A Classic Farceby Deepa Gahlot August 16 2018, 1:22 pm Estimated Reading Time: 2 mins, 34 secs
It was the genius of Dario Fo that he could convert a grim tragedy into a farce that makes the audience laugh and feel uneasy at the same time. Even though he was telling stories about his native Italy suffering from post-War political instability and rampant corruption, the themes are universal.
A still from Khidki (Mid-day)
His play Accidental Death of an Anarchist (written in 1970) is a masterpiece. It has been translated into several languages and performed all over the world, because, police brutality and political clampdowns are an ugly reality audiences from every country can recognize. (There have been dozens of adaptations in India, most recently as Khidki in Marathi and Encounter in Gujarati.)
Written as a response to the anarchic conditions in Italy, this play was inspired by the actual death of a railway worker and suspected anarchist in police custody. The cops claimed the man committed suicide by jumping off the fourth floor window, while it was obvious that he had been beaten and flung out to make murder look like suicide or an accident.
A new production in Hindi, by the Jeff Goldberg Studio, skillfully directed by Ashok Pandey brings energy and freshness to the oft-staged play. It is set in North India, where the cops are more uncouth, violent and corrupt than anywhere else.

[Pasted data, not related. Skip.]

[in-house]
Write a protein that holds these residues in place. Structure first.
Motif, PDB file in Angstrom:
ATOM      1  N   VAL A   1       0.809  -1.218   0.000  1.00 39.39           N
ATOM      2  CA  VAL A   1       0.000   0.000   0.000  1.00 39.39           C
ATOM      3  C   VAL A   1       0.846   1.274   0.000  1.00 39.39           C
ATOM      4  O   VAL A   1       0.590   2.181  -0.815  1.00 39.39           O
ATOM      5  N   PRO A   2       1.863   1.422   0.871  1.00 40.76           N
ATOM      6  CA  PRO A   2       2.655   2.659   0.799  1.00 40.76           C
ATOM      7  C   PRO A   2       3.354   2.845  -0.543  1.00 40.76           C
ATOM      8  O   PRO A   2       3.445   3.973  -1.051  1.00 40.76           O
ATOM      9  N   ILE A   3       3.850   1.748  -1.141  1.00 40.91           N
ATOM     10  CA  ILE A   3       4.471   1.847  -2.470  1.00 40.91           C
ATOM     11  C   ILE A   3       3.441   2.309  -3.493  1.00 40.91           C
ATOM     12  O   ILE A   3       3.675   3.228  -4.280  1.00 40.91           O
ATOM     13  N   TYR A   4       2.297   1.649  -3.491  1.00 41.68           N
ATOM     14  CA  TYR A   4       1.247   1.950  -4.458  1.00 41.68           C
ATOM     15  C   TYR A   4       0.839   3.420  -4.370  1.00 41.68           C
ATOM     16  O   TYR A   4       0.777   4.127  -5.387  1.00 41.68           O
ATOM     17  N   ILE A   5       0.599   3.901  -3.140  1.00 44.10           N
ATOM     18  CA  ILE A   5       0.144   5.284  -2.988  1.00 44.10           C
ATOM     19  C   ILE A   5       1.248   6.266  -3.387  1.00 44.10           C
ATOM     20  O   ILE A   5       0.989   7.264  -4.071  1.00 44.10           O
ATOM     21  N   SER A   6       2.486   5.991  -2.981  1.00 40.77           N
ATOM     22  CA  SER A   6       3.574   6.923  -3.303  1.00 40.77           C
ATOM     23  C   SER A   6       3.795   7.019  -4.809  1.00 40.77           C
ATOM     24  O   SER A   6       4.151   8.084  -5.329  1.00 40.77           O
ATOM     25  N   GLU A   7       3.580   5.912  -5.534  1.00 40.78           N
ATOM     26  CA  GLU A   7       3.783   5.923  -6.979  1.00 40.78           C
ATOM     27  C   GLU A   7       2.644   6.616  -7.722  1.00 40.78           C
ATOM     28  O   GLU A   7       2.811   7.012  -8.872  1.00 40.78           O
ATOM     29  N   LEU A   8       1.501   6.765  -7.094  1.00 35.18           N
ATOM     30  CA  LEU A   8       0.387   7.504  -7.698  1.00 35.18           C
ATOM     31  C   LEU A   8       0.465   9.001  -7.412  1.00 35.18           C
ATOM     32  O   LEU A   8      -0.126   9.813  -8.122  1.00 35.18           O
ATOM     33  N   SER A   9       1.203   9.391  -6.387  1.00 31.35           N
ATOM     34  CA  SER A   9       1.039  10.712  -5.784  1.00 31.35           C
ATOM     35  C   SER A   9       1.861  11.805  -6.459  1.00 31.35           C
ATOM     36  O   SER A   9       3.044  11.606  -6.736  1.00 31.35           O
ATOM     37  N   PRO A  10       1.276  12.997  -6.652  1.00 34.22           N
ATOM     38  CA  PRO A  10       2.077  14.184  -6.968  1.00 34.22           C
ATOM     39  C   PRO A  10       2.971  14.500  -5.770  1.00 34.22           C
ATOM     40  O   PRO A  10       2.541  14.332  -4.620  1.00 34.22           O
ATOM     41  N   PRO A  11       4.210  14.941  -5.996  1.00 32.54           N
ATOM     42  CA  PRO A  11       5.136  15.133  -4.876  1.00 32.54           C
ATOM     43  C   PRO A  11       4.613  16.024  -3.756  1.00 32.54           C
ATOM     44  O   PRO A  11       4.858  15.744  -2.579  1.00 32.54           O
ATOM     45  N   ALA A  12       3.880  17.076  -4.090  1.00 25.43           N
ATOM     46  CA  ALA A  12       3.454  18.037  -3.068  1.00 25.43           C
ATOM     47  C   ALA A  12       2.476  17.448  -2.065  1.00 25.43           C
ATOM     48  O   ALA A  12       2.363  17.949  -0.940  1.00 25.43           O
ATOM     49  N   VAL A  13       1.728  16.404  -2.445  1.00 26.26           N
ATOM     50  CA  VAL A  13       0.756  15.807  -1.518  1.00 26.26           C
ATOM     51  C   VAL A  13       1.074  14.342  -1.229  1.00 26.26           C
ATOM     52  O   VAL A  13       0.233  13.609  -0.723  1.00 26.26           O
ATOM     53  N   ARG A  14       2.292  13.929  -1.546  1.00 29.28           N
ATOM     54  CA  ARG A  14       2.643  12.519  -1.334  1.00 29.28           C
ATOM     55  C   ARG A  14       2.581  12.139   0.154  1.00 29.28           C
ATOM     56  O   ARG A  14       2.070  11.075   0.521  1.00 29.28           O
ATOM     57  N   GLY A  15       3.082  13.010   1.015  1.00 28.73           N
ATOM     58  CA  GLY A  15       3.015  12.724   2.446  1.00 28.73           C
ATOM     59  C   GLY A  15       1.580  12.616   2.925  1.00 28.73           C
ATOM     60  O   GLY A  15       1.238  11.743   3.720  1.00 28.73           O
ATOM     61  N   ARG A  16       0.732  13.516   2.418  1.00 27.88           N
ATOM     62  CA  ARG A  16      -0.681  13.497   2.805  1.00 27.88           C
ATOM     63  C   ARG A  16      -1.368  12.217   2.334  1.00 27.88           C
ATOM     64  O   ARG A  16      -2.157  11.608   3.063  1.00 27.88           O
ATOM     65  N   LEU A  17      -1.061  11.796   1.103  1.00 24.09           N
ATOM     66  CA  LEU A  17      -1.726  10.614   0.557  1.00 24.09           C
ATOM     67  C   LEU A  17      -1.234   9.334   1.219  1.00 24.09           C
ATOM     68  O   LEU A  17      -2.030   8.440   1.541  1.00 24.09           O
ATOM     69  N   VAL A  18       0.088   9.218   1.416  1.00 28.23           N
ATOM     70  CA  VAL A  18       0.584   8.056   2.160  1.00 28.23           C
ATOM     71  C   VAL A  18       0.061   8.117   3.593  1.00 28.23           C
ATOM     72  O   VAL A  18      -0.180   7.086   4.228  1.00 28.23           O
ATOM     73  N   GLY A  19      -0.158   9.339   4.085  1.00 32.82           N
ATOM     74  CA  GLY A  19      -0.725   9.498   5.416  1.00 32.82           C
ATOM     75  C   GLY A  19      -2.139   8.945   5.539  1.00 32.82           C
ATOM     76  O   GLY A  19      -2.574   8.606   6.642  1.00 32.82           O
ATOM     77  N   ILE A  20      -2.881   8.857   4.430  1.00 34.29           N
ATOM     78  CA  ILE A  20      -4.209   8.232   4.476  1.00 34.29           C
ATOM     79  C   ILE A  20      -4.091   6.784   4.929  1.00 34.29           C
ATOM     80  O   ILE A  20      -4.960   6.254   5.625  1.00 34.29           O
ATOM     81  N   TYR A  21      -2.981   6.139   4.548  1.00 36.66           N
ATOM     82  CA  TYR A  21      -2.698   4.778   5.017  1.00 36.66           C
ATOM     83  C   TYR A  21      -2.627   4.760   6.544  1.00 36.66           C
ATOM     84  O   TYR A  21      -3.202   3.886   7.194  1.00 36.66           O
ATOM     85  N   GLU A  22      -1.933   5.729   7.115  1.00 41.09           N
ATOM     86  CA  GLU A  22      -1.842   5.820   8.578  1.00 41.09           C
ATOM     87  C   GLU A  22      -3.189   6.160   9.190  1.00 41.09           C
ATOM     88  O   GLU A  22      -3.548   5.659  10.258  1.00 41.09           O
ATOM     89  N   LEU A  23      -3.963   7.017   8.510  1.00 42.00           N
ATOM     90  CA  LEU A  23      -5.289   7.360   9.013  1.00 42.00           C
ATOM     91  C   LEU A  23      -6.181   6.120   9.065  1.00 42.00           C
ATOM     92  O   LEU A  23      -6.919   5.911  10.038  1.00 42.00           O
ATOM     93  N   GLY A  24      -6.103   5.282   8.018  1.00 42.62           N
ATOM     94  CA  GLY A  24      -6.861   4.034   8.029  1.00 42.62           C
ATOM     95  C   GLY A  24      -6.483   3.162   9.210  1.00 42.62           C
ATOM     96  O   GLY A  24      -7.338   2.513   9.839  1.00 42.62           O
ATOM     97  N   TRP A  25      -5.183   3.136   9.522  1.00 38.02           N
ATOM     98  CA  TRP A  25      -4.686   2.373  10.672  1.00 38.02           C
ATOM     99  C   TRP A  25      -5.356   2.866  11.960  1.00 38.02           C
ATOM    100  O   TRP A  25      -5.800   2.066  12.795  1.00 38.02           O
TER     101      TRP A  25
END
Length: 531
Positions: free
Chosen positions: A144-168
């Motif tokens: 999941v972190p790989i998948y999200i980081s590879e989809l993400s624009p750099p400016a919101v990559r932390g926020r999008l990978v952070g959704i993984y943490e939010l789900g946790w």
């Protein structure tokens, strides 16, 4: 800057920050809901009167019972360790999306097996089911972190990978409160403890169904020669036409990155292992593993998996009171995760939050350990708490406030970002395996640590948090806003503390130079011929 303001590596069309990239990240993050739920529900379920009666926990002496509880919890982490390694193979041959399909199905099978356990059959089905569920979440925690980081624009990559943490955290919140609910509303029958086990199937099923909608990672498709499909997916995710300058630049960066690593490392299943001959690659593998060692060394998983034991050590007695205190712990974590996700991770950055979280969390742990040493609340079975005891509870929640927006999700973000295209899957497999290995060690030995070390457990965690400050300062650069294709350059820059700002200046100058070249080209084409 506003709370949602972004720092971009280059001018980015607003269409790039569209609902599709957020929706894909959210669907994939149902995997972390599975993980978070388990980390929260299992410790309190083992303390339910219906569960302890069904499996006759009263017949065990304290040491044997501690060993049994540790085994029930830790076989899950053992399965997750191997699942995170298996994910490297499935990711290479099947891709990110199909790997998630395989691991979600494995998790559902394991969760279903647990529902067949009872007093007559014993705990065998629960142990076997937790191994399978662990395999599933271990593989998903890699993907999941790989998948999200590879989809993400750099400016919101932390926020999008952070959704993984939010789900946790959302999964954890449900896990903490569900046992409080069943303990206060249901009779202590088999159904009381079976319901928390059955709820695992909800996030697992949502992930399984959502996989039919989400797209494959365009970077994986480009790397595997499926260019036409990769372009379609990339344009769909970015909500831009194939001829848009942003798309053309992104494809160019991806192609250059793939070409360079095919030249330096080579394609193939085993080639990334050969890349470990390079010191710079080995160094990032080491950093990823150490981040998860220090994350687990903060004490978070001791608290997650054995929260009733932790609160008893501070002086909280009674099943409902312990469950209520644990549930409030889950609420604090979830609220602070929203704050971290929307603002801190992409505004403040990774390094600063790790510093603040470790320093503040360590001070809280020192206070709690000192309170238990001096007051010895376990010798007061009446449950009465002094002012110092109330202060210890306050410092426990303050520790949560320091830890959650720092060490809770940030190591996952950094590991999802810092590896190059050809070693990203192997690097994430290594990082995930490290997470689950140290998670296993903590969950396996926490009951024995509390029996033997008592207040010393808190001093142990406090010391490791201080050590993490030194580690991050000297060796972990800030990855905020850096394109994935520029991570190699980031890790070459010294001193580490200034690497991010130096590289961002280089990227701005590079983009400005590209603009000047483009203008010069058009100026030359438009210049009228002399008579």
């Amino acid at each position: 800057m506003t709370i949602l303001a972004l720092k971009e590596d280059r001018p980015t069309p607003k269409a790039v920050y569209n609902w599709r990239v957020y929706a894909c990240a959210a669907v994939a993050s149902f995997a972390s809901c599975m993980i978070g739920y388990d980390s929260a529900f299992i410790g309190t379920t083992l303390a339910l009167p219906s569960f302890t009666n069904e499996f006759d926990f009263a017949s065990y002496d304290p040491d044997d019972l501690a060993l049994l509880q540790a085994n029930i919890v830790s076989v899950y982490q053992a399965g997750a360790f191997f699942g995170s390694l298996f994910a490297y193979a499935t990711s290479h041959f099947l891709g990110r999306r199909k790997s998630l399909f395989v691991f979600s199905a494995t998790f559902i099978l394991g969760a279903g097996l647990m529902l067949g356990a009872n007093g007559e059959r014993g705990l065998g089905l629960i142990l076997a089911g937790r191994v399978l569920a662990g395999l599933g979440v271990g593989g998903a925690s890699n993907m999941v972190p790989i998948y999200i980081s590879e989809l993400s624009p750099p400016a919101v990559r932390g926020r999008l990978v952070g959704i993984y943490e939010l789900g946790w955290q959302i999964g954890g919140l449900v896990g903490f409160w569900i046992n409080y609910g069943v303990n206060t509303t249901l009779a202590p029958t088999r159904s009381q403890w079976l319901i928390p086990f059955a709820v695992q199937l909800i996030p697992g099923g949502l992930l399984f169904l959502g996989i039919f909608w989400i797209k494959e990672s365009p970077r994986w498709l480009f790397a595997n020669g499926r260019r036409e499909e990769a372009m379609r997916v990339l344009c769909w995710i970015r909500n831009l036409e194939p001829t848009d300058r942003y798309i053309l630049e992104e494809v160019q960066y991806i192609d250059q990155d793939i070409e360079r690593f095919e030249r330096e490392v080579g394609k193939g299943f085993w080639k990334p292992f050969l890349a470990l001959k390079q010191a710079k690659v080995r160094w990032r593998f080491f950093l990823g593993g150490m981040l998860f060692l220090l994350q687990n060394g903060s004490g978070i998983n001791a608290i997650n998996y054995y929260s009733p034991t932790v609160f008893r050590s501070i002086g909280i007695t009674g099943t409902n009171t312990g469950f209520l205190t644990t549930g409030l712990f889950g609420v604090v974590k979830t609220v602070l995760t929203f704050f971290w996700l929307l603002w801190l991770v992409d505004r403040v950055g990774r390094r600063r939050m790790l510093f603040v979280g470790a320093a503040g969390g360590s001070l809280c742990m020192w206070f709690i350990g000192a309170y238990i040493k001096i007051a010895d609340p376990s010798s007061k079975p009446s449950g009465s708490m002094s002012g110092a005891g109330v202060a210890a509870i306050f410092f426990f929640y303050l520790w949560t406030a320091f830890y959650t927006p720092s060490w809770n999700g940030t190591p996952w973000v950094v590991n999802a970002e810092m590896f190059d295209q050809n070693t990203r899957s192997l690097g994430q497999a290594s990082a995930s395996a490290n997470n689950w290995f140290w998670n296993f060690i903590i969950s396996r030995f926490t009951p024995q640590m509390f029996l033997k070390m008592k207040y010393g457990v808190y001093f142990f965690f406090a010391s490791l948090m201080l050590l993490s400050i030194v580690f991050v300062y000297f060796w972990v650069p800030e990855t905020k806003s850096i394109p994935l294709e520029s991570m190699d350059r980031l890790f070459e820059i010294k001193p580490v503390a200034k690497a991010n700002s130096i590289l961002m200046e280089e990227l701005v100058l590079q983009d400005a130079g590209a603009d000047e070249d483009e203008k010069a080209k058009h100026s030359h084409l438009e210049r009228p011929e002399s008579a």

A Madman (Prashant Singh) is brought into the police station where the incident had taken place. He annoys the two cops on duty (Tushar Sharma, Akshat Mishra), claiming that he cannot be arrested because he is mad, and gets them all riled up. When the inspector rushes off to a meeting, the Madman snoops through files that give him information about the case. He answers the phone from another cop and learns that an investigating judge is to come to the station. So, changing his appearance a bit, he goes up to the floor from where the man had jumped and pretends to be the judge.
The three policemen on duty, Superintendent Verma (Sanjay Gurbaxani), Inspector Pahuja (Shashank Parihar) and the hyperactive constable (Akshat Mishra) are a bit nervous about the judge’s visit. As the Madman questions them, they keep contradicting themselves. The Madman convinces them that he wants to help them polish up the story and prove their innocence. This sequence gets increasingly ludicrous as the cops’ lies tie them up in knots.
Then, a journalist (Rutuja Awaghad) arrives to interview the Inspector about the anarchist’s death. The Madman impersonates a forensic expert, so that he can help them deal with the journalist. He hobbles in pretending to have a wooden leg, a false arm and a stone eye and in one hilarious scene, has them all crawling on the floor looking for the eye that has fallen off.
The actors, get into the spirit of the farce, and, even in the limited space at the studio, display remarkable agility and comic timing. This is the kind of play that can never get dated or lose its power.